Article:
When the lovely people at The Sun wrote to us to ask if we would like a family day out at one of the UK’s main attractions, I can’t lie, I was SO excited – it was like being a kid again! Ross and I have been wanting to take Grace to Chessington World of Adventures for a while now, especially as she is tall enough to go on some of the more thrilling rides and old enough to remember the experience.
So, yesterday morning we set off from Somerset at 8am. A car-full of excited people. We had to make a diversion via Reading for Ross for work purposes and we arrived at our exit off the M25 at around 11.20am to find the rest of the world had decided to join us! The 2 miles took us over half an hour but we didn’t let that phase us!
After parking, we walked down to the entrance to find a member of staff who actually went to get our tickets. He couldn’t have been more helpful. In fact, that was the tone of the staff throughout the day. In a VERY busy, and rather stressful environment, the staff of Chessington World of Adventures was cheerful, upbeat, helpful and jovial. I was really impressed.
Because Ross has had major bowel surgery and now has no large intestine, he is recognised as a special needs case since he cannot stand in queues for long periods of time so we went to collect our special needs pass. Although, they have changed their disability policy. In our honest opinion, it just doesn’t work. Firstly, there was a remarkable number of people with the special needs bracelets who didn’t seem affected in any way. We try not to be sceptical about this since you wouldn’t think Ross has a problem to look at him but, as one very overworked but friendly man at customer services said, there are a lot of very questionable cases where people exaggerate to get what they want – and it undermines those who genuinely do have problems. He took one look at the first sentence of Ross’ medical letter and established he was a genuine case immediately!
In the past, the policy has been that we enter at the exit of the ride, thus avoiding lengthy queues, which is obviously better than standing in line for 45 minutes on each ride but also necessary since Ross’ condition makes it difficult for him to queue for anything as the need to visit a bathroom can go from “none” to “urgent” literally within minutes.
All special needs individuals are lumped into one category at Chessington. Due to this, and the seemingly free dispersal of the passes, there ends up being a substantial queue even for those deemed unfit to queue. At one point, we waited over 30 minutes for a ride and, when we were within two places of the front of the queue, the need to go to do the bathroom hit Ross. It was frustrating for us all to say the least.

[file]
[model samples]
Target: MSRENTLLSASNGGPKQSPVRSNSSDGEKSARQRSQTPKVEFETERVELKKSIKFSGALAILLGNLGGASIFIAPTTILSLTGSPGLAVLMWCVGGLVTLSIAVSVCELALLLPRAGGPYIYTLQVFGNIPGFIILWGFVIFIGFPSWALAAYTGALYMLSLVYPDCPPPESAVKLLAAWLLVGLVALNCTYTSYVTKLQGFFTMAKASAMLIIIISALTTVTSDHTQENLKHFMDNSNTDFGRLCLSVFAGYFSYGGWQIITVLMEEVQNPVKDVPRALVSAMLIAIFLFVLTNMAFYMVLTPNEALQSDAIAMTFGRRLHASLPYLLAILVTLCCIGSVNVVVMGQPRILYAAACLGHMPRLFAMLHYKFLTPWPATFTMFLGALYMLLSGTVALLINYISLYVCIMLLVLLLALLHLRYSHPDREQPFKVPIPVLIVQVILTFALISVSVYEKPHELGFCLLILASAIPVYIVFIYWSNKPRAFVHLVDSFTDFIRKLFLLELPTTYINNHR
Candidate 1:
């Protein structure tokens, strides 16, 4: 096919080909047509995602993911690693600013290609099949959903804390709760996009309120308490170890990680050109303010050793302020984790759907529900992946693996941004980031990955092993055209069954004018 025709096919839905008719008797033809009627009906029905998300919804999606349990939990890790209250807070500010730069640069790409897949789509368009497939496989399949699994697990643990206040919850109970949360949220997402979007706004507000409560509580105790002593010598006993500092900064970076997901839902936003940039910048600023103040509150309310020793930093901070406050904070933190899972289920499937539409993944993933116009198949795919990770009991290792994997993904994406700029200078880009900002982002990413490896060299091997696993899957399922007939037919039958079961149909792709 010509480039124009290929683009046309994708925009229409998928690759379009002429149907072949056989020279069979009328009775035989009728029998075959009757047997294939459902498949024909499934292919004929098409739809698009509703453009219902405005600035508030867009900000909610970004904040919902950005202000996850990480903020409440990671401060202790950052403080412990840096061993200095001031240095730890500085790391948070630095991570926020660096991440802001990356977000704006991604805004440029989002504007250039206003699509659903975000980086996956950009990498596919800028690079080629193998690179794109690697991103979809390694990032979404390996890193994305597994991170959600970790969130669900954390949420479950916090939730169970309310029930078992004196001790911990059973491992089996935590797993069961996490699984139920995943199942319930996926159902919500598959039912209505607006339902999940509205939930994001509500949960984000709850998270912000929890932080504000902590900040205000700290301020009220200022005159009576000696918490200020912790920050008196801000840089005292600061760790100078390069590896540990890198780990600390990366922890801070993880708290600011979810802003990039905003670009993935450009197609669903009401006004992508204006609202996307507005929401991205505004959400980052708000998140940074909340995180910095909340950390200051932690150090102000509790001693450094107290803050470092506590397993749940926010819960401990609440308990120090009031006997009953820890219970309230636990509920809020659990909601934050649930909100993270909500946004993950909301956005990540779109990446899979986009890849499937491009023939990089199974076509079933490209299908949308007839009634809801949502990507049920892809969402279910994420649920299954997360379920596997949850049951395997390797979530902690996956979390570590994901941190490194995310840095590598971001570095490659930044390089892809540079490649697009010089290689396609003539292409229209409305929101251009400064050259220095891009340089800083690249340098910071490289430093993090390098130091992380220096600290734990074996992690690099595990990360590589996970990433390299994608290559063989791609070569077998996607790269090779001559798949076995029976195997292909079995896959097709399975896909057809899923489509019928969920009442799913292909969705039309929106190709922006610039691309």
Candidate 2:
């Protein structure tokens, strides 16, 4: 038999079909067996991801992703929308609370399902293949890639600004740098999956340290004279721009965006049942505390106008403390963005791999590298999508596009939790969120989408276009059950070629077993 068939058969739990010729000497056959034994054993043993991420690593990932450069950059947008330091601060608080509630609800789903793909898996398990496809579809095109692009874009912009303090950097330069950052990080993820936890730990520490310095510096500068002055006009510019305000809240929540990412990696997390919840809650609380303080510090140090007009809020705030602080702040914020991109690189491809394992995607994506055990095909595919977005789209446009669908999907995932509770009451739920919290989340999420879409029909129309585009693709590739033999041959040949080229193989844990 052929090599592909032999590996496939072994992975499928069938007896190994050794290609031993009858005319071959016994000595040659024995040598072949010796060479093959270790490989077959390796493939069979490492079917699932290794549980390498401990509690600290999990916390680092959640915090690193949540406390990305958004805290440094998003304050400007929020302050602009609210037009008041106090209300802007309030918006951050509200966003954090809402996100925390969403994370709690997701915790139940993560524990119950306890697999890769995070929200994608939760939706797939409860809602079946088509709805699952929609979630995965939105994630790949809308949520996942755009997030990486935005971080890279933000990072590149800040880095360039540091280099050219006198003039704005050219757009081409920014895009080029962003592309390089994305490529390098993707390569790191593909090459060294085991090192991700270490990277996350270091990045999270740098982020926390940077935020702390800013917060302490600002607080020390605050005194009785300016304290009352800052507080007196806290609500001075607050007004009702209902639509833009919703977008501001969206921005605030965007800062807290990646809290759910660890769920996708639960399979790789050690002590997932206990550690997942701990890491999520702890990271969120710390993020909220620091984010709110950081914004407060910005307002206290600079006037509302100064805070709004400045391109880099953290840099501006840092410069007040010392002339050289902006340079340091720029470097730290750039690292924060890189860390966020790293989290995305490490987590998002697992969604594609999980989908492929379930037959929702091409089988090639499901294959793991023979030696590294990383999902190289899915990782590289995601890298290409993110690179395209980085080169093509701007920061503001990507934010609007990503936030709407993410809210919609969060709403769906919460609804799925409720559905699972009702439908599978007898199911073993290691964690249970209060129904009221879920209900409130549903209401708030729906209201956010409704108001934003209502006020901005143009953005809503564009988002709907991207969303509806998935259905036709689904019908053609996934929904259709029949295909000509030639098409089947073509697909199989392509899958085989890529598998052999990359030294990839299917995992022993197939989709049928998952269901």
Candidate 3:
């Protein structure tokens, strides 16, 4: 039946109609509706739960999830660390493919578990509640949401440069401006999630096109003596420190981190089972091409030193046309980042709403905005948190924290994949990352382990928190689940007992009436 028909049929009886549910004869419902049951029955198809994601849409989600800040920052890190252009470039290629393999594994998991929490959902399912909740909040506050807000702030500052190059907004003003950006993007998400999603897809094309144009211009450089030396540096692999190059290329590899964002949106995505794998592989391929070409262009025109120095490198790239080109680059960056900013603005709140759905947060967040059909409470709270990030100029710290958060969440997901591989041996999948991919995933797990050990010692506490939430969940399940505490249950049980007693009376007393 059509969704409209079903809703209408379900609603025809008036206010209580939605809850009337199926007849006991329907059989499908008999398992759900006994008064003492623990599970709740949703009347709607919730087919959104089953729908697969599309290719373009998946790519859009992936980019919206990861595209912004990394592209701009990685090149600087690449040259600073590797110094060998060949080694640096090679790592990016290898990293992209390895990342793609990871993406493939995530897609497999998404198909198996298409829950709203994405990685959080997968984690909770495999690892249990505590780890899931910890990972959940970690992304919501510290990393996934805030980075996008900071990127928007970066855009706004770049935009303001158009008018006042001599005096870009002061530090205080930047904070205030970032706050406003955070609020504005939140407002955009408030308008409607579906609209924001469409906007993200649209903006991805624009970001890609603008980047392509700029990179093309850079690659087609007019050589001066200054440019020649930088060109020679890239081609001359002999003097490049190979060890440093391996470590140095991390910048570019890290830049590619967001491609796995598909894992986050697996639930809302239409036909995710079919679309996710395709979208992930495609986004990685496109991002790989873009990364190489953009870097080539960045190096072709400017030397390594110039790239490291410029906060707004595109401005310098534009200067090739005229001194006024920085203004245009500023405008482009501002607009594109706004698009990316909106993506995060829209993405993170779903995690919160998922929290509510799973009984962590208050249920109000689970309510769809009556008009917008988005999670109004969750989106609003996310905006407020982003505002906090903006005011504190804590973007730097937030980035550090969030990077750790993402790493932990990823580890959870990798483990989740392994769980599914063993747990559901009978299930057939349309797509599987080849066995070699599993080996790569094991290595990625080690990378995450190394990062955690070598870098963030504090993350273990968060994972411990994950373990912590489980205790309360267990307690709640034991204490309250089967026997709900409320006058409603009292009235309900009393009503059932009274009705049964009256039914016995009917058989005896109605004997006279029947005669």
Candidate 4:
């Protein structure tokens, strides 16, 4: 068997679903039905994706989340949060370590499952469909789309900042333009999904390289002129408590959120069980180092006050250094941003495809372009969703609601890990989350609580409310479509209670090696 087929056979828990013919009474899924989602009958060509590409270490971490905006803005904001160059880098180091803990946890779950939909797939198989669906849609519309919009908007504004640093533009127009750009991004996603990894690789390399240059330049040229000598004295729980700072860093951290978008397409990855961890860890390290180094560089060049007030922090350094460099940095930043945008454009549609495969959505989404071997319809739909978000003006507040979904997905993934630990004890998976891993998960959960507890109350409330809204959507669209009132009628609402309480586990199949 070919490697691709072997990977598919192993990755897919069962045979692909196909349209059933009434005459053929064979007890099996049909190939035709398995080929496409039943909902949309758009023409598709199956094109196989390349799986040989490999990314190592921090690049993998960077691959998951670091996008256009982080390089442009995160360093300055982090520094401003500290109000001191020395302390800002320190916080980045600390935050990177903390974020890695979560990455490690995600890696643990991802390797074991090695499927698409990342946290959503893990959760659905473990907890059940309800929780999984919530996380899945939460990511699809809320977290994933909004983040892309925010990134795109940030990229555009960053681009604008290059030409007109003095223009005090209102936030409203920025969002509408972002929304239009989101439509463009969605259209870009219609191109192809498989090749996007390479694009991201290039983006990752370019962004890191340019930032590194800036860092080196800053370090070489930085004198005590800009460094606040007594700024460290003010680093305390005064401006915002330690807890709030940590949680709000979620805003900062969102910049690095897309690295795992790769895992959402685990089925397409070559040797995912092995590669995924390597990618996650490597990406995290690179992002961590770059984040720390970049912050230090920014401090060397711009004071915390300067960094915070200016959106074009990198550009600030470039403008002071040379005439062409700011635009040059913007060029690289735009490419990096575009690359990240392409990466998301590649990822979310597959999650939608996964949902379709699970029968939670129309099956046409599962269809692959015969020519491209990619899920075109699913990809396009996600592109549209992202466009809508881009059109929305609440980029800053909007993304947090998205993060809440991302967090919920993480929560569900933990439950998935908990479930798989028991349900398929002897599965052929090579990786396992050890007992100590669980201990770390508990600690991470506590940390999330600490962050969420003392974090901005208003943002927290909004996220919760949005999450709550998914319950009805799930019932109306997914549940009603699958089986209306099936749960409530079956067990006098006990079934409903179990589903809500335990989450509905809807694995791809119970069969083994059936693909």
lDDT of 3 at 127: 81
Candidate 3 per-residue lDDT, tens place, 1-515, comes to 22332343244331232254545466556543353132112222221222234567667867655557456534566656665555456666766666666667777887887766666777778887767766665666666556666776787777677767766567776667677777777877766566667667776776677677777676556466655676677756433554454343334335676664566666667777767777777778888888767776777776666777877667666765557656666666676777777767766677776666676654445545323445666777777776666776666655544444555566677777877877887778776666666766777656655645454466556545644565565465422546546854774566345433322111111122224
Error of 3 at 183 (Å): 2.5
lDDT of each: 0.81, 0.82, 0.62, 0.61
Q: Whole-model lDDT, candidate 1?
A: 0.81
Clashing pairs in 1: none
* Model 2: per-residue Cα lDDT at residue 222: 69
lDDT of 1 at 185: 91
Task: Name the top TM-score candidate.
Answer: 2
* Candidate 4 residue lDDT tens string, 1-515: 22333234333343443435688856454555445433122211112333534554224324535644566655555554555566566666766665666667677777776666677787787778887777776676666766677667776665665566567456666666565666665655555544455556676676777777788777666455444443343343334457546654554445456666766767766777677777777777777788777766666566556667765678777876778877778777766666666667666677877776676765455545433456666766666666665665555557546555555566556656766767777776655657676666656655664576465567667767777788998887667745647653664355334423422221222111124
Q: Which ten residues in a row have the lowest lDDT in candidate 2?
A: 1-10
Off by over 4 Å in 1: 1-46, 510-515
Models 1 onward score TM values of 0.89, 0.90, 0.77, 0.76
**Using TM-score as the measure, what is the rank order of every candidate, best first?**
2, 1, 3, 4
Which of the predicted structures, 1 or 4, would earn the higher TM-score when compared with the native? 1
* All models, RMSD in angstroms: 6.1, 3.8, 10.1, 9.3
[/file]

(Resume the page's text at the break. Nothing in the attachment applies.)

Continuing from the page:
Another problem with the policy is that you have to hand over a card to the staff, who then sign it to tell others when you are next allowed to go on any other ride. This to eliminate the “advantage” of being special needs in terms of getting on more rides during the day. The truth is that, given the huge number of apparently questionable special needs passes being distributed, we ended up queuing nearly as much as those without and *they* had no restrictions on what or when they could ride next. Having to queue for 30 minutes at the exit to go on a ride and then being told we couldn’t go on any other ride for 45 minutes didn’t seem right. Perhaps the park needs to take a look at this policy and, rather than trying to limit the “benefits” of being disabled so that it isn’t unfair to the “enabled”, they should take a more stringent approach to the conditions in question on a case by case basis and only give the “non-queue” passes to those who genuinely CAN’T queue.
Our first ride was the Bubbleworks. As a teenager, I can recall that this was one of my favourites as it was colourful, beautiful and had some wonderful smells. Maybe it was the grown-up in me but it just wasn’t the same. The ride was tired, there was no wonderful smells and the last room didn’t have the beautiful waterfalls or showers. Grace’s opinion? ‘It’s cool!’.
Next we chose the Black Buccaneer. Grace and I were really keen to go on this. Ross not so much! But, by the end of the ride, it was Grace who was almost in tears and crying. We were worried that this was going to set the tone of the day but thankfully this wasn’t to be! Grace’s first trip on the Vampire soon put paid to that! She absolutely went mad for it. Choosing to sit next to Ross, she was in her element and I could hear the two of them shouting and screaming and having a whale of a time in front of me!
Ross and Grace decided they wanted to have a go on Dragon Fury but, with my shoulder still being bad, I knew this was a no go for me! After queuing for 15 minutes in the disabled queue, Ross and Grace were told they couldn’t go on because Ross needed someone over 14 years old on with him!